Sunday, October 7, 2007

Far Safer to be Feared Than Loved

Two fascinating and divisive Yankee figures are front and center today: George Steinbrenner talked to the Bergen Record's Ian O'Connor, in his first in-depth interview in quite some time, and for better or worse seems to be old self; meanwhile, Roger Clemens will be on the mound representing the Yankees' last chance against the Indians.

If you needed further proof that all those carefully composed Steinbrenner "statements" PR guy Howard Rubenstein has been releasing all season were complete BS, the old Steinbrenner style will come as a refreshing smack in the face. On Torre:
"His job is on the line," the Yankees' owner said in a phone interview. "I think we're paying him a lot of money. He's the highest-paid manager in baseball, so I don't think we'd take him back if we don't win this series."
And the umpiring:
"The umpire was full of [expletive]," Steinbrenner said of the retiring Froemming.
But, guys, even George is going easy on A-Rod:
"I think we'll re-sign him," Steinbrenner said of Rodriguez. "I think he's going to have a good run the rest of the [postseason]. I think he realizes New York is the place to be, the place to play. A lot of this [postseason] is laying on his shoulders, you know, but I think he's up to it."
So if you've been screaming for Rodriguez to be let go, just keep in mind that this makes you less patient than George Steinbrenner. Deep breaths!

Clemens, like Steinbrenner, became a larger-than-life figure a long time ago, and by now it's hard to separate the person from the hype. A lot of Yankee fans are conflicted about him -- unlike fans of other teams, who almost universally loathe him. But while you can argue endlessly about his personality, the endless retirement melodramas, the huge contracts, or the Mike Piazza Incident, there's no debating the fact that he's been one of the most dominant pitchers of his era, and very possible of all time. Just as Steinbrenner's been, like it or not, one of the most influential owners in sports.

This year, finally, despite flashes of dominance, Clemens hasn't been able to pitch like an ace, and Steinbrenner's no longer the feared, overbearing force he once was -- but apparently The Boss won't be going out quietly; we'll find out whether Clemens will in a few hours.


aslump said...

"A lot of Yankee fans are conflicted about [Clemens]."

I dont see that at all, period.

According to Buster Olney, he received 6 standing ovations when he returned in June, vs the Pirates.

It was a mad house when he mad his surprise return, ask Suzyn. In his blog, Peter Abraham compared to the day Lou Gehrig retired (and he meant it as a compliment).
No one has ever questioned whether he's a "real Yankee" they way they questioned ARod's cred, nor do I recall Rocket EVER receiving boos. Even when he was relieved in the worse of circumstances during Game 7 of the 2003 series, he received a standing ovation.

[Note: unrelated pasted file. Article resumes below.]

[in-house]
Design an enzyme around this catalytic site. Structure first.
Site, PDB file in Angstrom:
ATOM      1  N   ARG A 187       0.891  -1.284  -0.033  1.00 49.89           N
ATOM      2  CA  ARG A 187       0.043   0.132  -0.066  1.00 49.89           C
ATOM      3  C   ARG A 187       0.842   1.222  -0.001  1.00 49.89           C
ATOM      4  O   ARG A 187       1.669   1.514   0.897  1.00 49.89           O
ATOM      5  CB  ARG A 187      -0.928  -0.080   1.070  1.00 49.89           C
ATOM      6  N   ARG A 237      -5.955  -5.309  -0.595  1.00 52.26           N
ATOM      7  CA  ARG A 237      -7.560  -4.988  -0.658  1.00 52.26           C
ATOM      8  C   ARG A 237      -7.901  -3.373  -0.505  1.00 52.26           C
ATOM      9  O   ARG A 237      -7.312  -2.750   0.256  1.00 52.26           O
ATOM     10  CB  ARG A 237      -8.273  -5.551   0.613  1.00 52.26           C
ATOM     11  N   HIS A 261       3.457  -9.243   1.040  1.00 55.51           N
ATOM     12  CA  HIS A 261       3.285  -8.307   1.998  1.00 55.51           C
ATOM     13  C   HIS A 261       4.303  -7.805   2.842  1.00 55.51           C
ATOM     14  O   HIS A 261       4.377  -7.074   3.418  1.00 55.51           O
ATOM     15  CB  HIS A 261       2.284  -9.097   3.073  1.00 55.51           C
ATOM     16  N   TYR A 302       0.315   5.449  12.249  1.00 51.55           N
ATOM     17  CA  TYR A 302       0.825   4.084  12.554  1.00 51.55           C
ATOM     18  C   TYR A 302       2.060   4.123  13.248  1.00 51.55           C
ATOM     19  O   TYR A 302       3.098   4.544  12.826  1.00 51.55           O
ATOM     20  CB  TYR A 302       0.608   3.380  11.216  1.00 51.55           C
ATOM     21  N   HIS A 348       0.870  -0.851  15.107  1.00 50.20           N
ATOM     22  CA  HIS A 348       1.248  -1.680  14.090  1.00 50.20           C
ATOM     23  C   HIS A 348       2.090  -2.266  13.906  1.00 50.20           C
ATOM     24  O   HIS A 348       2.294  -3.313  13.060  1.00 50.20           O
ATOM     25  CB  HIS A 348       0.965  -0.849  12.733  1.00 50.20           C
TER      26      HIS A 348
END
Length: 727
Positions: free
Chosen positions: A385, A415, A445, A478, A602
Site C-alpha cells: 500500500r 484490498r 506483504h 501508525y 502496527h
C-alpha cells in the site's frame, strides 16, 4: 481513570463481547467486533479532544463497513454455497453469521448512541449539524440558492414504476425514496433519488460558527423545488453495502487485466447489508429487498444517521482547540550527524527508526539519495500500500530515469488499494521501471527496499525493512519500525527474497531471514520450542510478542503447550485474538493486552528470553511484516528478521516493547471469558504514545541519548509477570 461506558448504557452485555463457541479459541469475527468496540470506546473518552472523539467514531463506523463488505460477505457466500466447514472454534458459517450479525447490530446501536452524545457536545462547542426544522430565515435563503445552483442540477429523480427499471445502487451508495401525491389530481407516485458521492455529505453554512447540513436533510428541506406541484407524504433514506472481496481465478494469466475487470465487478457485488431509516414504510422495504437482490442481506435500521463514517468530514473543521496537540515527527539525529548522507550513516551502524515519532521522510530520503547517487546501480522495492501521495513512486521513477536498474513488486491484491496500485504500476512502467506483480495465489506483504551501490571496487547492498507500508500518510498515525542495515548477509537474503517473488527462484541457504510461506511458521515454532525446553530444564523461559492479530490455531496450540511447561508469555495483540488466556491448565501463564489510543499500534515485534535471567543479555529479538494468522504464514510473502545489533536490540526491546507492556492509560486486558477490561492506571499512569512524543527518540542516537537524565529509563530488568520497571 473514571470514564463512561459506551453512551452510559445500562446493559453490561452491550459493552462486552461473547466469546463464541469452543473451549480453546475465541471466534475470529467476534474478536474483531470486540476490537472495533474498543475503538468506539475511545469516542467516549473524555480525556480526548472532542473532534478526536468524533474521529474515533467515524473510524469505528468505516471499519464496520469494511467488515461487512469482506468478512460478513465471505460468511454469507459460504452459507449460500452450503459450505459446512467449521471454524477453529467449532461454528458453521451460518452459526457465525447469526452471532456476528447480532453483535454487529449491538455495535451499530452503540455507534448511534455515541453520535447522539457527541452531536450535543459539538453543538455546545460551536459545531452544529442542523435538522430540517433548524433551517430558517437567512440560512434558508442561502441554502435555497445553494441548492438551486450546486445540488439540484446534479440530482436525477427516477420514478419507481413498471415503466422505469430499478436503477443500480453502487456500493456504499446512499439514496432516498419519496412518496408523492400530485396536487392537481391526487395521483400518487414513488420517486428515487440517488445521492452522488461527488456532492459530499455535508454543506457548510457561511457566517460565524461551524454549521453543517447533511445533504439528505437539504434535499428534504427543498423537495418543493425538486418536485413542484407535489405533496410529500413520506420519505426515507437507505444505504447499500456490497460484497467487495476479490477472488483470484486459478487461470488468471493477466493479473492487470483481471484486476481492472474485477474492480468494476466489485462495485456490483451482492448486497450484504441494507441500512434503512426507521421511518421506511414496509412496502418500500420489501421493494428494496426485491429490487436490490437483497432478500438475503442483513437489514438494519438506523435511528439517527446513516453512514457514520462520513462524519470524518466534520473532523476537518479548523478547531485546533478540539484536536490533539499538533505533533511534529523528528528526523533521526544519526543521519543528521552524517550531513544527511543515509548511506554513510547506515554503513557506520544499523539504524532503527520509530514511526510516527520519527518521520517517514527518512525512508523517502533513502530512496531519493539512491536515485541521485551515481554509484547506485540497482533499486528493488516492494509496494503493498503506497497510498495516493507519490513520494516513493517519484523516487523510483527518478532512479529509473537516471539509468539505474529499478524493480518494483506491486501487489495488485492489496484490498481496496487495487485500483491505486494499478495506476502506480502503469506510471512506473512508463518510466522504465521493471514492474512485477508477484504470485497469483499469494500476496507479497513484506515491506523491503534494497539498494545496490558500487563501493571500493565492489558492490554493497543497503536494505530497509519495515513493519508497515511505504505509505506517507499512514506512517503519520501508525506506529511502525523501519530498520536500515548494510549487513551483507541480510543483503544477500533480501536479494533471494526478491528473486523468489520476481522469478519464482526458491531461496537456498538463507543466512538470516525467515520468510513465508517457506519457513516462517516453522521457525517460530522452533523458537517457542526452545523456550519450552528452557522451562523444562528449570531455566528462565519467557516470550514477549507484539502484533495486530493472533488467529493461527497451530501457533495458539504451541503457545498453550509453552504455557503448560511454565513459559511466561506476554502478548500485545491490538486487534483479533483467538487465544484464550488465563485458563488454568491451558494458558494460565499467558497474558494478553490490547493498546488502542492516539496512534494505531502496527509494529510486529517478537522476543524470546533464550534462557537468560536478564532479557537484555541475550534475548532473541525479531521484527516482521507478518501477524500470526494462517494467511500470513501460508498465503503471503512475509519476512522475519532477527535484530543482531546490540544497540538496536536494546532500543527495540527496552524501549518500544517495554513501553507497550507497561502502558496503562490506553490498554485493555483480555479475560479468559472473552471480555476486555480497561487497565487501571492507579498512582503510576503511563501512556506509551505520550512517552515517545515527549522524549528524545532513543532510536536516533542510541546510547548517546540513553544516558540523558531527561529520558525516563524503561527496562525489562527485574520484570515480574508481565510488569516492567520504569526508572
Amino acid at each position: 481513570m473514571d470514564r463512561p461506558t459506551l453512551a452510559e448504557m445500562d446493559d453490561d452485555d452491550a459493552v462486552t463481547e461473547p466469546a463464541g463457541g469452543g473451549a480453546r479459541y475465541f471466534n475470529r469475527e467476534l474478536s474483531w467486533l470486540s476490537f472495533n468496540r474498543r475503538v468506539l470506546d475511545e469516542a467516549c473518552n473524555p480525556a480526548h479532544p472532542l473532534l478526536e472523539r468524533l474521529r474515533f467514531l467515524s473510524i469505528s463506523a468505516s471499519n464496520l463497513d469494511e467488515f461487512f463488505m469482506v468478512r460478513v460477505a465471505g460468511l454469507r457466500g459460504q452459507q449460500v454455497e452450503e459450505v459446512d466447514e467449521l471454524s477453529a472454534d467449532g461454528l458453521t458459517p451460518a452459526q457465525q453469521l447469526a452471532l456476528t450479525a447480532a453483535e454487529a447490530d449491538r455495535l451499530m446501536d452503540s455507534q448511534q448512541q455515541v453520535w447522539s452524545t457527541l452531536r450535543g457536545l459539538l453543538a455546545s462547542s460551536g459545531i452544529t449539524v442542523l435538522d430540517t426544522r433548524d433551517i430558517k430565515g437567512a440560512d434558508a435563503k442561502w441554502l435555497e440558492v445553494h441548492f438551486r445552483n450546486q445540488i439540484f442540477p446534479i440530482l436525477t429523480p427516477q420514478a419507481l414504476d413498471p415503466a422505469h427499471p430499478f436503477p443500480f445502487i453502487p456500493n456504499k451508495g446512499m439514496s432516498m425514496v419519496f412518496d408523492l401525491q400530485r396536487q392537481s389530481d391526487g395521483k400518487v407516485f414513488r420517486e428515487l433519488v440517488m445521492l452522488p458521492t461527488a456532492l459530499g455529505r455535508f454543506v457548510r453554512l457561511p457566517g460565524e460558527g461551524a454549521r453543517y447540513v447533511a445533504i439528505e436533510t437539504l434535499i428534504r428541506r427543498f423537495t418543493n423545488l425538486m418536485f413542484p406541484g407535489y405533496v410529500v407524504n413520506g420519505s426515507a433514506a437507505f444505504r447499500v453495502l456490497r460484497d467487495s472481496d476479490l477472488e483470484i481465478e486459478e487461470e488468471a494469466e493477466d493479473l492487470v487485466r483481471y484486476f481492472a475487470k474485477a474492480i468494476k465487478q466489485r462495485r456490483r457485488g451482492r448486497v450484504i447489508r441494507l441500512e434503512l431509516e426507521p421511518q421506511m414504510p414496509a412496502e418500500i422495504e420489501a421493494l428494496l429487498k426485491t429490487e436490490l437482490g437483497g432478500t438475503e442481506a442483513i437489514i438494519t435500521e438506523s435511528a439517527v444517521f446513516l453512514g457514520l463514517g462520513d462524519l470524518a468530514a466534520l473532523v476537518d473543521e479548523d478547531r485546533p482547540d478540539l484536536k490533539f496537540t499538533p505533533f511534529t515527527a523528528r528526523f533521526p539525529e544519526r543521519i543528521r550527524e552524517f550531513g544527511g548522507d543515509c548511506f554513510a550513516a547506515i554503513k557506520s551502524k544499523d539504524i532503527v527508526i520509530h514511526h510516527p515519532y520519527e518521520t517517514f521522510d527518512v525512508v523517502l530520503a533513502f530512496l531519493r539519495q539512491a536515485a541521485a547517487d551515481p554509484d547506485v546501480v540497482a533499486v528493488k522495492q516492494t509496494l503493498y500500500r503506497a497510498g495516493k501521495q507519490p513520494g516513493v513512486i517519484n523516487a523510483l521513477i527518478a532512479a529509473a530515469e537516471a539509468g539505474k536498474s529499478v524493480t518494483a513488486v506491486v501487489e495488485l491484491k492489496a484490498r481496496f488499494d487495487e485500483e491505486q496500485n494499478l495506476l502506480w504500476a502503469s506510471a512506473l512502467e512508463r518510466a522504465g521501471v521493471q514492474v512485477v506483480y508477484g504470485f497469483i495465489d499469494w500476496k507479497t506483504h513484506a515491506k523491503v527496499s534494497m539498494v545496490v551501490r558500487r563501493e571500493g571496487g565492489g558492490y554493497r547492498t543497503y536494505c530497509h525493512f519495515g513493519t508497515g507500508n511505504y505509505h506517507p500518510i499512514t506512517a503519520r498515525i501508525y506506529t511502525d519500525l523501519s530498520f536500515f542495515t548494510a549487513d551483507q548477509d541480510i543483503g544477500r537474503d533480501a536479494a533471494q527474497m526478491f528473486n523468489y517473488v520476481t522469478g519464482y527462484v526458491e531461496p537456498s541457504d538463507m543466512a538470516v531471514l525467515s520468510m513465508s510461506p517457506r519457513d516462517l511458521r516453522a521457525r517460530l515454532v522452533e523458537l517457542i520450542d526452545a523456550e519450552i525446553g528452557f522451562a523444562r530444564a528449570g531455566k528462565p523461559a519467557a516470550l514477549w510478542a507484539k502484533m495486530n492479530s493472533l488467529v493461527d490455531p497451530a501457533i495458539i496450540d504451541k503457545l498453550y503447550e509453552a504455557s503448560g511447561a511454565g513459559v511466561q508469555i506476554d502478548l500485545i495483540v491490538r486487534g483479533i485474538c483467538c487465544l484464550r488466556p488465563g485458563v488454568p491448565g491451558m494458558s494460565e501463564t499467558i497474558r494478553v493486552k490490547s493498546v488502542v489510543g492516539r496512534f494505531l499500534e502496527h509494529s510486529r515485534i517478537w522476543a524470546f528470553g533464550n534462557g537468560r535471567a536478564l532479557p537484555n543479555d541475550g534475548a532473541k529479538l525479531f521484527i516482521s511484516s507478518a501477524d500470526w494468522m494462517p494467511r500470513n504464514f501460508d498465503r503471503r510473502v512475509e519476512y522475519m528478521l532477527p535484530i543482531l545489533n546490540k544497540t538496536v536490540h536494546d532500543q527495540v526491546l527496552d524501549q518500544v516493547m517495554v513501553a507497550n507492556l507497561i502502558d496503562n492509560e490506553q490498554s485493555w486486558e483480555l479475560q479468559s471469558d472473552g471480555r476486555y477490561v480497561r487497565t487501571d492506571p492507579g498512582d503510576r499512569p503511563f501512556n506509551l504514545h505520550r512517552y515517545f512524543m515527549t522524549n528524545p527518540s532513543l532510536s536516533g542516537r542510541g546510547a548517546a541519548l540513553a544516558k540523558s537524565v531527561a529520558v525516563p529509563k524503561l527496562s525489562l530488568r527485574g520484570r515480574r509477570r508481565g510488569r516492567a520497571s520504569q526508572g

"Divisive" ?? Yes, in terms of media coverage (I too saw today's Post and News).

And the same time, there were around a 1,000 posts on Lohud (the most popular Yankee blog) yesterday, and what divisiveness emotions were aimed at ARod and Torre.

I recognize the media sentiment, but that has to be seperated from the public. I don't read Bronx Banter everyday, but when I have yet to pick up a devisive Clemens thread, ala the "fire-cashman" threads from May.

Emma, I find your post very disappointing.

It reminds me of the decade long disconnect between the DC Beltway political reporting and the public (ie Bill Clinton - wildly popular, yet despised by the talking head set (Sally Quinn famous denunciation); were Bush and Cheney - truely despised, are fawned over by the David Broders and Howard Finemans).

You need some more grounding, before your voice take on an elitist-not-in-touch-Lupica tone.

Emma said...

I don't know, aslump. I know a lot of Yankee fans who have mixed feelings about Clemens, even if they were glad to have him back and hoping he'd stabilize the rotation. You can see that in online comments from that day too...

It's tough to say for sure without conducting a more scientific poll, but I don't think "conflicted" is too strong a word -- it may be a minority, but I don't think it's an insignificant one. A lot of fans were peeved when he unretired and went to Houston; they forgave him because it was that or Tyler Clippard. You have to respect everything he's accomplished, and his return was a great dramatic moment, but I certainly wouldn't compare his popularity to Lou Gehrig's (though obviously I wasn't around to gauge that firsthand) -- hell, he might not even be as popular as Scott Brosius.

I meant the "divisive" in the context of baseball in general, though, not among Yankee fans -- sorry if that wasn't clear.

Anonymous said...

Of course it was a madhouse the day he returned, in fairly grandiose fashion. That Clemens was back with the Yankees was Major News. That hardly makes him a universally beloved figure. "Conflicted" is a good way to put it.